What are the asymptotes of $y=\frac{2}{x}+3$ and how do you graph the function?

Natalya Mayer
2022-09-13
Answered

What are the asymptotes of $y=\frac{2}{x}+3$ and how do you graph the function?

You can still ask an expert for help

Ashlynn Cox

Answered 2022-09-14
Author has **12** answers

I tend to think of this function as a transformation of the function $f\left(x\right)=\frac{1}{x}$, which has a horizontal asymptote at y=0 and a vertical asymptote at x=0.

The general form of this equation is $f\left(x\right)=\frac{a}{x-h}+k$

In this transformation, h=0 and k=3, so the vertical asymptote is not shifted left or right, and the horizontal asymptote is shifted up three units to y=3.

graph{2/x+3 [-9.88, 10.12, -2.8, 7.2]}

The general form of this equation is $f\left(x\right)=\frac{a}{x-h}+k$

In this transformation, h=0 and k=3, so the vertical asymptote is not shifted left or right, and the horizontal asymptote is shifted up three units to y=3.

graph{2/x+3 [-9.88, 10.12, -2.8, 7.2]}

asked 2021-02-25

True or False. The graph of a rational function may intersect a horizontal asymptote.

asked 2022-06-27

I have the function: $f(x)=2x-{2}^{x}+2$

I know that this function has an oblique asymptote, but all the tutorials I can find on google, are with rational functions with the form:

$f(x)=\frac{P(x)}{Q(x)}$

Where they simply just divide the denominator with the numerator.

But I can't do that, because my equation doesn't contain any fractions. So my question is: how do I find the function to the oblique asymptote for my $f(x)$?

I know that this function has an oblique asymptote, but all the tutorials I can find on google, are with rational functions with the form:

$f(x)=\frac{P(x)}{Q(x)}$

Where they simply just divide the denominator with the numerator.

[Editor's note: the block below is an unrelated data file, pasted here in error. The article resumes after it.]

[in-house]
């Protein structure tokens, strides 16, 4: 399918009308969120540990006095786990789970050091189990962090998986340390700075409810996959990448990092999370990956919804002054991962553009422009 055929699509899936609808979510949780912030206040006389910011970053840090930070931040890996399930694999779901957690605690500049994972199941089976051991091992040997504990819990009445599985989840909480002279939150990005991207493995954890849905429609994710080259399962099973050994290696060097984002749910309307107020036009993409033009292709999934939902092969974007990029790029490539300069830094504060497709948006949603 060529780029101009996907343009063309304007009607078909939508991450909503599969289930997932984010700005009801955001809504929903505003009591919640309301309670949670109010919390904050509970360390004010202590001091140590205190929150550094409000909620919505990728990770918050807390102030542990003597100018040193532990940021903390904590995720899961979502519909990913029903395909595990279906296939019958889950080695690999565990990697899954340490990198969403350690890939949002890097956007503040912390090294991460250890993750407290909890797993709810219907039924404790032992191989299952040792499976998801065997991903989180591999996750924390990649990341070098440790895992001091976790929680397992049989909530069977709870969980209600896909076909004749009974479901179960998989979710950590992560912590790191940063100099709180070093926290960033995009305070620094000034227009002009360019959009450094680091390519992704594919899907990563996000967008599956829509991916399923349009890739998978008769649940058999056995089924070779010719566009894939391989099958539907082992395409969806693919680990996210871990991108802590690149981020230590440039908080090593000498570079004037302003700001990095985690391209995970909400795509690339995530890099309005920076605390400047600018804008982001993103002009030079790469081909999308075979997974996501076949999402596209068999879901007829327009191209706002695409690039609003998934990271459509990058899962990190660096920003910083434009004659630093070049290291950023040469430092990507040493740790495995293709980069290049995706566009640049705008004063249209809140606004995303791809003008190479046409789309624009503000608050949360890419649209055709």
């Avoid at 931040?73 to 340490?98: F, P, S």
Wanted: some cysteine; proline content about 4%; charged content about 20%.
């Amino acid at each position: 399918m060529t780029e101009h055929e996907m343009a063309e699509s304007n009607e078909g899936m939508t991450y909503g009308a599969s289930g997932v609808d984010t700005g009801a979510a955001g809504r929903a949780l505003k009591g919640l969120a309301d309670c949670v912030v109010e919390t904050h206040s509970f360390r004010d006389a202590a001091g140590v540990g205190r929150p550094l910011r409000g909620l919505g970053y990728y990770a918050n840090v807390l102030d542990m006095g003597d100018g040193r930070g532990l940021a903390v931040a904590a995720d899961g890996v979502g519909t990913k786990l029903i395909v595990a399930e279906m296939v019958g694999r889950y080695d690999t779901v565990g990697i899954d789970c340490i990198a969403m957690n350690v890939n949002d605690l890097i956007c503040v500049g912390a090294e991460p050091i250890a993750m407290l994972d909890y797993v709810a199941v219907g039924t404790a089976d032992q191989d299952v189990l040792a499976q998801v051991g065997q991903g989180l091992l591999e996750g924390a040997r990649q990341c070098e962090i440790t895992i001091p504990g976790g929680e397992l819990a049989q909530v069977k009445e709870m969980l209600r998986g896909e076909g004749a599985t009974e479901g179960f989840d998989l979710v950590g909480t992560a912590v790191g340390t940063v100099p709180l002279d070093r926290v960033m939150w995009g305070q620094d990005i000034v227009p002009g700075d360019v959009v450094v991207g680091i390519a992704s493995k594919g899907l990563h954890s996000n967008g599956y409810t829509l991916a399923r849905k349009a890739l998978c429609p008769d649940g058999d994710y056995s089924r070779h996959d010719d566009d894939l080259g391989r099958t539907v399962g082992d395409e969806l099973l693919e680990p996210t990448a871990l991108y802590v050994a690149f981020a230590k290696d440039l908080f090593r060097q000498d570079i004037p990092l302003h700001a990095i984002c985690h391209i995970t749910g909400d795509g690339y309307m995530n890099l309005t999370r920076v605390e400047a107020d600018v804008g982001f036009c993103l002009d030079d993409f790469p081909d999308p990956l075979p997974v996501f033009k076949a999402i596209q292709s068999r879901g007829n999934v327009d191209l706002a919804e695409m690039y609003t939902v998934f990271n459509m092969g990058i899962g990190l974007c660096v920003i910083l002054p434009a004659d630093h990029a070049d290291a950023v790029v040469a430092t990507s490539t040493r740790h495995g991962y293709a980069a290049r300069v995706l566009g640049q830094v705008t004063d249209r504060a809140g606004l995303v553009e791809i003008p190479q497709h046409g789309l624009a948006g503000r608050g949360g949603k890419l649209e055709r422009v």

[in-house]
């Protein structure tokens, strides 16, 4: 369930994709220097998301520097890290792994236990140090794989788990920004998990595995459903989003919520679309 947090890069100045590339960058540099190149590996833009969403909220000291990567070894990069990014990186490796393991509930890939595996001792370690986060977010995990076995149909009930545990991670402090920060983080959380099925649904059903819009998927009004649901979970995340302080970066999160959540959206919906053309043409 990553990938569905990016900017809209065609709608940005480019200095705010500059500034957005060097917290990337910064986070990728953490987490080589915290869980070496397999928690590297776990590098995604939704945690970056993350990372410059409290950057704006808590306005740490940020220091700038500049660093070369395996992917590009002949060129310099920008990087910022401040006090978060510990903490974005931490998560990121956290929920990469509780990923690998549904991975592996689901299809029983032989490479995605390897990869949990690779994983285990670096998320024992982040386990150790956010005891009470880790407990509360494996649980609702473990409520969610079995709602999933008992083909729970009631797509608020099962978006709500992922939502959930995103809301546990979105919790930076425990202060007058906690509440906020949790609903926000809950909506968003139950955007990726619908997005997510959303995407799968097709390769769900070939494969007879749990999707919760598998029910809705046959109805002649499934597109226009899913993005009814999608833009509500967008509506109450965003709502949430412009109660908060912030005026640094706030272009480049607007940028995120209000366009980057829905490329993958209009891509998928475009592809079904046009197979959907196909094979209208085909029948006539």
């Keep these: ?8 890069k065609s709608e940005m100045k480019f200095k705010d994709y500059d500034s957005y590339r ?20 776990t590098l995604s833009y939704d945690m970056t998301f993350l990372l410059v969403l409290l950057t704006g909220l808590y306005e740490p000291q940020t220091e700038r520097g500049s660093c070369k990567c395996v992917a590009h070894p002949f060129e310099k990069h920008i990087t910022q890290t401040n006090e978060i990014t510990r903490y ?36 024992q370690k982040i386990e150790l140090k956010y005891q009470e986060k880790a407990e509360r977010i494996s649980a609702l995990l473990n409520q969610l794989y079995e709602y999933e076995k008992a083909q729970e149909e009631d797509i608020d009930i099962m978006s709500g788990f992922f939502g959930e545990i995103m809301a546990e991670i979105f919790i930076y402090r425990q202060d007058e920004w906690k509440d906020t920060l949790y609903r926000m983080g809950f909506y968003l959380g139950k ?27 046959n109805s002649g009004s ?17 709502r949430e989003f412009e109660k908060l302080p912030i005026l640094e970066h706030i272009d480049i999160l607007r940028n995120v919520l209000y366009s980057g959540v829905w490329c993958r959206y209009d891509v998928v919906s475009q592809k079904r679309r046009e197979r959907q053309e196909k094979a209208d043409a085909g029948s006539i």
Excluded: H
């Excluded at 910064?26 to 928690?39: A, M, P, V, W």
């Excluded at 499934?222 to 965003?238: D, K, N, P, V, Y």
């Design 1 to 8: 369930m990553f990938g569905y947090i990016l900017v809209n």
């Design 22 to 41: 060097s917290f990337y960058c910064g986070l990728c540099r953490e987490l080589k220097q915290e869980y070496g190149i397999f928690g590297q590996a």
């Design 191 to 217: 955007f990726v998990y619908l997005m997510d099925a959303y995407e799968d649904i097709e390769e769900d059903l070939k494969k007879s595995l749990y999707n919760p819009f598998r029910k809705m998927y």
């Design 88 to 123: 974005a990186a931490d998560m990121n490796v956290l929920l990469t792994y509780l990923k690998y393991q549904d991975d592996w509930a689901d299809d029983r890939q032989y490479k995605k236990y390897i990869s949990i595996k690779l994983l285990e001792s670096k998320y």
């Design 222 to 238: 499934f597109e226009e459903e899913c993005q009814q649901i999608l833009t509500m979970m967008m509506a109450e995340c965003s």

But I can't do that, because my equation doesn't contain any fractions. So my question is: how do I find the function to the oblique asymptote for my $f(x)$?

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Which is the direct linear variation equation for the relationship given y varies directly with x and y = 12 when x = 3?

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I sometimes have some trouble finding the range of a rational function. What is an easy or good way to do this?

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How to show that the two rational functions $a(t),b(t)\in \mathbb{K}(t)$ when $\mathrm{Char}(\mathbb{K})\ne 2$ are algebraically dependent.

(there is polynomial $P(x,y)\in \mathbb{K}[x,y]$ such that $P(a(t),b(t))=0$)?

(there is polynomial $P(x,y)\in \mathbb{K}[x,y]$ such that $P(a(t),b(t))=0$)?

asked 2022-06-06

Can anyone help me prove the convexity of this rational function? The man who proved the convexity of function used these facts. But I don't know this fact is correct or not. Here are the facts and function:

1. As N increases, f(N) goes to infinity, That implies that there must be a minima (either at N=0 or somewhere else with a finite N)

2. There cannot be more than one (positive) minima since we're dealing with second order equation.

$f(N)=+-c{N}^{4}+-d{N}^{3}+-e{N}^{2}+-fN+-g/+-a{N}^{2}+-bN$

a,b,c,d,e,f,g is constants. and $N\ge 1$. I guess the second order equation means that between the leading coefficient of the numerator and the denominator is 2.

Are these facts correct? I think fact 1 is no problem, but fact 2 is correct or not.

I am waiting for any answers.

1. As N increases, f(N) goes to infinity, That implies that there must be a minima (either at N=0 or somewhere else with a finite N)

2. There cannot be more than one (positive) minima since we're dealing with second order equation.

$f(N)=+-c{N}^{4}+-d{N}^{3}+-e{N}^{2}+-fN+-g/+-a{N}^{2}+-bN$

a,b,c,d,e,f,g is constants. and $N\ge 1$. I guess the second order equation means that between the leading coefficient of the numerator and the denominator is 2.

Are these facts correct? I think fact 1 is no problem, but fact 2 is correct or not.

I am waiting for any answers.

asked 2022-05-21

Could someone please let me know if my steps are correct? I am trying to rewrite the first line as a rational function, $\frac{p(x)}{q(x)}$

$\begin{array}{rl}& 3{x}^{1}+3{x}^{2}+9{x}^{3}+9{x}^{4}+27{x}^{5}+27{x}^{6}+\cdots \\ =& 3x(1+x)+9{x}^{3}(1+x)+27{x}^{5}(1+x)+\cdots \\ =& 3x(1+x)(1+3{x}^{2}+9{x}^{4}+\cdots )\\ =& (3x+3{x}^{2})\frac{1}{1-3{x}^{2}}\\ =& \frac{3x+3{x}^{2}}{1-3{x}^{2}}\end{array}$

$\begin{array}{rl}& 3{x}^{1}+3{x}^{2}+9{x}^{3}+9{x}^{4}+27{x}^{5}+27{x}^{6}+\cdots \\ =& 3x(1+x)+9{x}^{3}(1+x)+27{x}^{5}(1+x)+\cdots \\ =& 3x(1+x)(1+3{x}^{2}+9{x}^{4}+\cdots )\\ =& (3x+3{x}^{2})\frac{1}{1-3{x}^{2}}\\ =& \frac{3x+3{x}^{2}}{1-3{x}^{2}}\end{array}$